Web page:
Here’s why the winter season is tough on cancer patients

Health, according to the World Health Organization, is “a state of complete physical, mental and social well-being and not merely the absence of disease and infirmity”.[1] A variety of definitions have been used for different purposes over time. Health can be promoted by encouraging healthful activities, such as regular physical exercise and adequate sleep,[2] and by reducing or avoiding unhealthful activities or situations, such as smoking or excessive stress. Some factors affecting health are due to individual choices, such as whether to engage in a high-risk behavior, while others are due to structural causes, such as whether the society is arranged in a way that makes it easier or harder for people to get necessary healthcare services. Still other factors are beyond both individual and group choices, such as genetic disorders.

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Low immunity and drop in temperature bring a lot of discomfort to cancer patients.

While winter season has its own appeal from dreamy weather, cosy bonfires to delicious delicacies, for people with certain ailments like cancer, it could be a tough time.

Considering cancer patients tend to have a low immunity, they must make sure to take extra precautions from keeping warm, getting enough sunlight, staying hydrated and eating nutritious food.

One of the common problems cancer patients suffer from during winter season is hypothermia when the body temperature comes down as body begins to lose heat faster.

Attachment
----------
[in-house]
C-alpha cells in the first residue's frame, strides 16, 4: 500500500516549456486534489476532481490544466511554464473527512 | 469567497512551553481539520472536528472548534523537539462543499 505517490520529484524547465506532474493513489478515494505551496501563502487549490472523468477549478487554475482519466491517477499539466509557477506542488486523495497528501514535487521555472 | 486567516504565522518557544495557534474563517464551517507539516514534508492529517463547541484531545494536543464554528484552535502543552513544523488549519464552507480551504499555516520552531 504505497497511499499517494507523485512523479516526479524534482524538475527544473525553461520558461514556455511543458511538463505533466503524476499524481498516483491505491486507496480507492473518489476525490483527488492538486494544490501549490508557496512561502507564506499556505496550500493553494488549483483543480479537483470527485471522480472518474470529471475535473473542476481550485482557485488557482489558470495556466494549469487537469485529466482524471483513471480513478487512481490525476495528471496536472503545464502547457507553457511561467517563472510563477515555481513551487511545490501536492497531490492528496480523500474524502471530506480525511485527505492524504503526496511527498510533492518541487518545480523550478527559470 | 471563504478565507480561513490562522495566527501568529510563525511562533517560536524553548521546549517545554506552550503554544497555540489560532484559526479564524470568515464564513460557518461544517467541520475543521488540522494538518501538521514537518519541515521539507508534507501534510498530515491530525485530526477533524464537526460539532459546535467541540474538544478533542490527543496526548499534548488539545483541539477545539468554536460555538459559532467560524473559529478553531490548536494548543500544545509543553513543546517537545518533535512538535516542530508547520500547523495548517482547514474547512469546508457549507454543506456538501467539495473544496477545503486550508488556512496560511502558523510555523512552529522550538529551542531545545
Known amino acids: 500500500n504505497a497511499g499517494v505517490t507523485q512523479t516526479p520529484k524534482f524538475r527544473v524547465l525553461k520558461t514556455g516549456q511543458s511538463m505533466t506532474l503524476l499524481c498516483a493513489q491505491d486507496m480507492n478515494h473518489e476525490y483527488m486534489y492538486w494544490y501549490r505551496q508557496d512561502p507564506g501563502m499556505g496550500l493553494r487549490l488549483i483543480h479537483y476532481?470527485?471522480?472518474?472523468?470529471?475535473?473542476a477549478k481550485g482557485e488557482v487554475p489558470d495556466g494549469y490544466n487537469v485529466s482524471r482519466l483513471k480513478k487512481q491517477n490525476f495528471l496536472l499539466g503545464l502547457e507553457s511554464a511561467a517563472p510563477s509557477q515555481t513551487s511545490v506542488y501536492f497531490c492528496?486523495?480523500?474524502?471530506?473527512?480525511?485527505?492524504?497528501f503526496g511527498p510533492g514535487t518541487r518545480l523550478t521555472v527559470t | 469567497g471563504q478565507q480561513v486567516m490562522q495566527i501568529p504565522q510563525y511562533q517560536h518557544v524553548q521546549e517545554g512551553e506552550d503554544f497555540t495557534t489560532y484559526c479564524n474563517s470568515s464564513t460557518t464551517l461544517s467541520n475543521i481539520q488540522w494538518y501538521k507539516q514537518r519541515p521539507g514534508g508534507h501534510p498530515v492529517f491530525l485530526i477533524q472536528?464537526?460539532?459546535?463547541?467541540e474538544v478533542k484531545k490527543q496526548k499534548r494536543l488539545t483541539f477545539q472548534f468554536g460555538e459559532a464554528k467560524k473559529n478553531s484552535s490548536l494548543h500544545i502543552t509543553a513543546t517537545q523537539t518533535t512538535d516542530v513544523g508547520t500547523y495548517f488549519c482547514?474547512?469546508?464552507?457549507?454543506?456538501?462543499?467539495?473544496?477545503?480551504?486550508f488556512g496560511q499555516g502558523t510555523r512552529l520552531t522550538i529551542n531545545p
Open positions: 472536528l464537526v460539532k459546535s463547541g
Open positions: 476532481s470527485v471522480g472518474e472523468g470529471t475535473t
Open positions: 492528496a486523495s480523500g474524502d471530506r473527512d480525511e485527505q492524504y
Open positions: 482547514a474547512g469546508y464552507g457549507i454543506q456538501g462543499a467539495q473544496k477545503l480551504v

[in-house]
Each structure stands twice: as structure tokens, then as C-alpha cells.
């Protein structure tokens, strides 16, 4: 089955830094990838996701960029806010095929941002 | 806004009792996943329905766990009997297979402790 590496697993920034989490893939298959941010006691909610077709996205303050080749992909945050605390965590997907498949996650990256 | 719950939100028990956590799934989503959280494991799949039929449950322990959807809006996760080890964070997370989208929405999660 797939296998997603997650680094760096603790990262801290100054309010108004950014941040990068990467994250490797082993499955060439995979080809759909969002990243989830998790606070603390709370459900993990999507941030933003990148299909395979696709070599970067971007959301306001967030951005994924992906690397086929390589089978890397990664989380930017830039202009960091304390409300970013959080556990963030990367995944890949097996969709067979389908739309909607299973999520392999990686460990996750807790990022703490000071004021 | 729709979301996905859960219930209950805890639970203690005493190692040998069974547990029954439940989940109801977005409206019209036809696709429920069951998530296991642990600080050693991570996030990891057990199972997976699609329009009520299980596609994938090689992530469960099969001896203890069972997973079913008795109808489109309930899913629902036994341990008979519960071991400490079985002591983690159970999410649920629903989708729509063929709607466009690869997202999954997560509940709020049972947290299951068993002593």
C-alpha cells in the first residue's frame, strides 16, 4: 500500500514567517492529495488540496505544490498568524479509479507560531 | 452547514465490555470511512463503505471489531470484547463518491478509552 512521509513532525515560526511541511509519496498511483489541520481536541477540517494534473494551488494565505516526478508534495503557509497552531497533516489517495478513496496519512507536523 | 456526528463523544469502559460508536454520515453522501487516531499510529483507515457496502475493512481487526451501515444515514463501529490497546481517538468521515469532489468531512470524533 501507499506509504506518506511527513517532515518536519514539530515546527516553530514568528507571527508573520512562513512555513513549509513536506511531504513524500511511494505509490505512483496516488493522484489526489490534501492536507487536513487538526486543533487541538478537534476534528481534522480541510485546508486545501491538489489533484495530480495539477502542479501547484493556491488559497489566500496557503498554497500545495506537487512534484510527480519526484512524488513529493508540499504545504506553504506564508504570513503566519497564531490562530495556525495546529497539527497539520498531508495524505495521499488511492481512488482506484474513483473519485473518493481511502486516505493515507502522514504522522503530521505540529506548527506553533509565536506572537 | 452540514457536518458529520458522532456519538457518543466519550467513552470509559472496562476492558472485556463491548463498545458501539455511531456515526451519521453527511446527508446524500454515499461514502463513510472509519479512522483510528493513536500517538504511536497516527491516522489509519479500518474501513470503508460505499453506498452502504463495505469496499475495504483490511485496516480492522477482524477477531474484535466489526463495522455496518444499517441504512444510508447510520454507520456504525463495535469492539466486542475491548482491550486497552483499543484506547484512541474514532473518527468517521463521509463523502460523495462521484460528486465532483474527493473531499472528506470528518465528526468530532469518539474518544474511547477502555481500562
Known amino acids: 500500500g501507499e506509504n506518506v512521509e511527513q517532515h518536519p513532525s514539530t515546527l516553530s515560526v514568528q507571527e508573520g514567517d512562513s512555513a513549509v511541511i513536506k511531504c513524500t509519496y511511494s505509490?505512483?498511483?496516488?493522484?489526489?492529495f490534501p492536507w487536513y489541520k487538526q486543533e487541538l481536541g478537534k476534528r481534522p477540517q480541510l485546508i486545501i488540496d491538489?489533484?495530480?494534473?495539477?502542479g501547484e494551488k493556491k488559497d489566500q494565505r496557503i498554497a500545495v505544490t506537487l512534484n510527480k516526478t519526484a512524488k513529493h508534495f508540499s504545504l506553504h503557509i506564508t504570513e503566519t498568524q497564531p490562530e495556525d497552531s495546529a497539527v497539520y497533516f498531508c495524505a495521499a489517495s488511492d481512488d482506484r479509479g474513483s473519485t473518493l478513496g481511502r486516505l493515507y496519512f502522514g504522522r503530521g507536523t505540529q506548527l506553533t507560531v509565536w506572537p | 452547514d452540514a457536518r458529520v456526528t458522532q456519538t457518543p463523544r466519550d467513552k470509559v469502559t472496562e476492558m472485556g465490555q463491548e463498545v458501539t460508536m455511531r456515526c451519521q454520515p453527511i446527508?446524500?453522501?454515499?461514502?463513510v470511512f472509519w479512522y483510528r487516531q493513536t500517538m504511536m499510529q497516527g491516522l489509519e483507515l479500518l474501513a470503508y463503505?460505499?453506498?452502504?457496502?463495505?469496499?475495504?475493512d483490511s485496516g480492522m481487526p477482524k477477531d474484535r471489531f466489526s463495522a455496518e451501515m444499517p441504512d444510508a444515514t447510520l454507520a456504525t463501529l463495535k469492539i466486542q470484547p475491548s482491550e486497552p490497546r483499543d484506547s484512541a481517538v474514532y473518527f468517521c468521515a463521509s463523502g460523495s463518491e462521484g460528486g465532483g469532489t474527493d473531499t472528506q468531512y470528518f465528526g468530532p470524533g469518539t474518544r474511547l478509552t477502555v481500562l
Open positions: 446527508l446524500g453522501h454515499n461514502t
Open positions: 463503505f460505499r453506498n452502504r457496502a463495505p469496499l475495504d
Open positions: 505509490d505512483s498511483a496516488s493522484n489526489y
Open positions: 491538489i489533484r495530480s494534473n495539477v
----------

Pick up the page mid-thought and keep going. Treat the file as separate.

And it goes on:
“Side effects of cancer treatment such as fatigue, dehydration, and anaemia may raise the risk of hypothermia,” says Dr Ramakant Deshpande, Oncosurgeon & Chairman of ACI Cumballa Hill Hospital.

People with cancer should be extra careful to avoid falls in winters as certain treatments can impact bone density or some patients can have numbness in their feet.

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“Patients can get a fracture if they are taking treatments that impact bone density. Cancer patients have to be cautious if they have thrombocytopenia, a condition linked to blood cancers and causing low platelet counts. Moreover, patients who have numbness in their feet (neuropathy) can also be susceptible to falls,” says Dr Deshpande.

With weak immunity, the risk of catching flu remains high for cancer patients.

“Cancer treatment tends to weaken the immune system of a cancer patient. It is necessary to get a flu shot as these patients may not have enough white blood cells to get that much-needed protection from infections. This is why cancer patients have double chances of having complications from the flu when compared to healthy individuals,” says the expert.

Here are the tips for cancer patients to follow during winter season:

* Stay indoors as much possible to prevent yourself from the harsh cold. While stepping outside, make sure to dress up in layers. Use a hat that covers your ears, especially if therapy has caused you to lose your hair.

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* Wear gloves, thick socks, and warm boots after consulting the doctor.

* Protect your skin. Use lip balm and moisturizers regularly as recommended by the expert, and avoid very hot showers and baths.

* Consider getting a humidifier at home to avoid winter dryness.

* Stay hydrated and drink plenty of non-caffeinated liquids regularly.

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